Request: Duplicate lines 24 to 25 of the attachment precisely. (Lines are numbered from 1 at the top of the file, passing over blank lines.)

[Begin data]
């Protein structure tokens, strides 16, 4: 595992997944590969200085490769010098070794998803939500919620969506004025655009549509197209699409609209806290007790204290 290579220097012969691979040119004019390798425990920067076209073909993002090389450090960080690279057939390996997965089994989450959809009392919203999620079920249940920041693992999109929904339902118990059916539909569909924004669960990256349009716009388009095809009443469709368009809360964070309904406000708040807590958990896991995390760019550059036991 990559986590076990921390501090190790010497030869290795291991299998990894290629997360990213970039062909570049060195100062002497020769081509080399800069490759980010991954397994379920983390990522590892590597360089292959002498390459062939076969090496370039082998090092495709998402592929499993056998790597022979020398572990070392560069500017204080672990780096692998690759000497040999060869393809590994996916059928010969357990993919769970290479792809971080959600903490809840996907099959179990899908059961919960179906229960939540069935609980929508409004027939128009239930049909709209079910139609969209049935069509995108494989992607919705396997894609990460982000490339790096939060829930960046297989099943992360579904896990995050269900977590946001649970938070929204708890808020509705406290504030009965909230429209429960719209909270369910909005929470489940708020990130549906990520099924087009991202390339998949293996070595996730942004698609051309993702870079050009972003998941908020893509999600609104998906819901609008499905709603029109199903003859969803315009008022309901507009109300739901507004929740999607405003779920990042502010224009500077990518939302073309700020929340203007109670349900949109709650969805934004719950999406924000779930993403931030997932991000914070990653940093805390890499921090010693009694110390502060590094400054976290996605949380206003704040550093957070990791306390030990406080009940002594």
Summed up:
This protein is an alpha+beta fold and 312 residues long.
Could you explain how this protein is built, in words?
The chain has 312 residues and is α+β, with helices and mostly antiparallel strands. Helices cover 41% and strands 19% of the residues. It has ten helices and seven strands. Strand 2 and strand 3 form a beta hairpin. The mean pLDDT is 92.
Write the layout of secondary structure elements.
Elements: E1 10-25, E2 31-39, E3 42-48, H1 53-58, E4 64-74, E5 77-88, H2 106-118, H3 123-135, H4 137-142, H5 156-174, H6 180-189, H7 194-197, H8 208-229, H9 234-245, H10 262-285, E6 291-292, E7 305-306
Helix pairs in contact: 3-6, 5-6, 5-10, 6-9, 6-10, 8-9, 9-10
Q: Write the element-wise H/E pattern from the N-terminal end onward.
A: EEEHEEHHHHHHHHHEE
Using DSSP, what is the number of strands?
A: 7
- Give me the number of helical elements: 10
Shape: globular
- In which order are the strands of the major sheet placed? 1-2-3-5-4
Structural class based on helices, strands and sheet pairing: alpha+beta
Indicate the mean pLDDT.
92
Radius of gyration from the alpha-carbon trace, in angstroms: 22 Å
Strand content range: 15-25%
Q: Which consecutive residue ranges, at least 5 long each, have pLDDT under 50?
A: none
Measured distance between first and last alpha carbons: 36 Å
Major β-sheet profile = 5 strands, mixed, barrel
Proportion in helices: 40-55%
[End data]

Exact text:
Major β-sheet profile = 5 strands, mixed, barrel
Proportion in helices: 40-55%